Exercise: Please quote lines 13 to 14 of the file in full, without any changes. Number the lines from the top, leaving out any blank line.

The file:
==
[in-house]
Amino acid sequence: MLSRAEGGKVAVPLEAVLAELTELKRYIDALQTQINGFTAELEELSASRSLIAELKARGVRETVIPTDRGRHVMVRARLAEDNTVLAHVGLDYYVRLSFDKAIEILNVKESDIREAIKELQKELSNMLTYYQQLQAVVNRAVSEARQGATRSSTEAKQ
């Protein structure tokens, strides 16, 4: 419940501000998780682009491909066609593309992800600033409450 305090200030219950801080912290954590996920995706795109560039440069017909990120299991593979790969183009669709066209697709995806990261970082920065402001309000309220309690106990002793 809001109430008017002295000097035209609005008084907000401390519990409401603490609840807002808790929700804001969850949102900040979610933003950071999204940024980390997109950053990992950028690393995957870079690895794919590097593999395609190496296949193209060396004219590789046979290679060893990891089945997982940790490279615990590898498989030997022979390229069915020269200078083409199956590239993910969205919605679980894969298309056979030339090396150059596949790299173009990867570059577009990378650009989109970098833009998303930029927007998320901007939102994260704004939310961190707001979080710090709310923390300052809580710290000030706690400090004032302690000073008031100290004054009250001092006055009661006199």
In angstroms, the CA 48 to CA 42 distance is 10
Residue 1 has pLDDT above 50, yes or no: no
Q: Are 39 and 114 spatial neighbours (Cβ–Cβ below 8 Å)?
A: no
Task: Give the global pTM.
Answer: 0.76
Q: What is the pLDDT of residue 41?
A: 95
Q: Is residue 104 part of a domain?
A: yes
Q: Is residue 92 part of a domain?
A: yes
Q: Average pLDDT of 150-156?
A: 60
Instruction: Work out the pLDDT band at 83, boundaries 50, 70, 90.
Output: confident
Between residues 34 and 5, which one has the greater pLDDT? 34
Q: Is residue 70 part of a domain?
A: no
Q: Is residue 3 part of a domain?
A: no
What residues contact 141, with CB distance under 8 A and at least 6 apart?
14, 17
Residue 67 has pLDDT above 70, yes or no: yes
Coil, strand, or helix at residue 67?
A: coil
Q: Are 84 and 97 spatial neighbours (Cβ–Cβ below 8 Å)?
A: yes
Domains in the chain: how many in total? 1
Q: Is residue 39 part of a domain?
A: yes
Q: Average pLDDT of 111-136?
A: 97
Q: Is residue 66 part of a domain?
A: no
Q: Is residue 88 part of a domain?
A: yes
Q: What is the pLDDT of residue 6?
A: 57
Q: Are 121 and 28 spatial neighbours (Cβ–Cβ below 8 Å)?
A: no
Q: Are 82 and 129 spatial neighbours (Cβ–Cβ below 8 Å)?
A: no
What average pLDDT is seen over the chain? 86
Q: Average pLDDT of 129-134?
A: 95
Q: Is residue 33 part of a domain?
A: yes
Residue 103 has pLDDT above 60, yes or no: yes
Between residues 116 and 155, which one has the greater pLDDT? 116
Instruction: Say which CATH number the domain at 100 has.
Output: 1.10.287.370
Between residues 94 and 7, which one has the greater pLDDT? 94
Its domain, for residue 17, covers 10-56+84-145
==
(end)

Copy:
A: yes
Q: Is residue 92 part of a domain?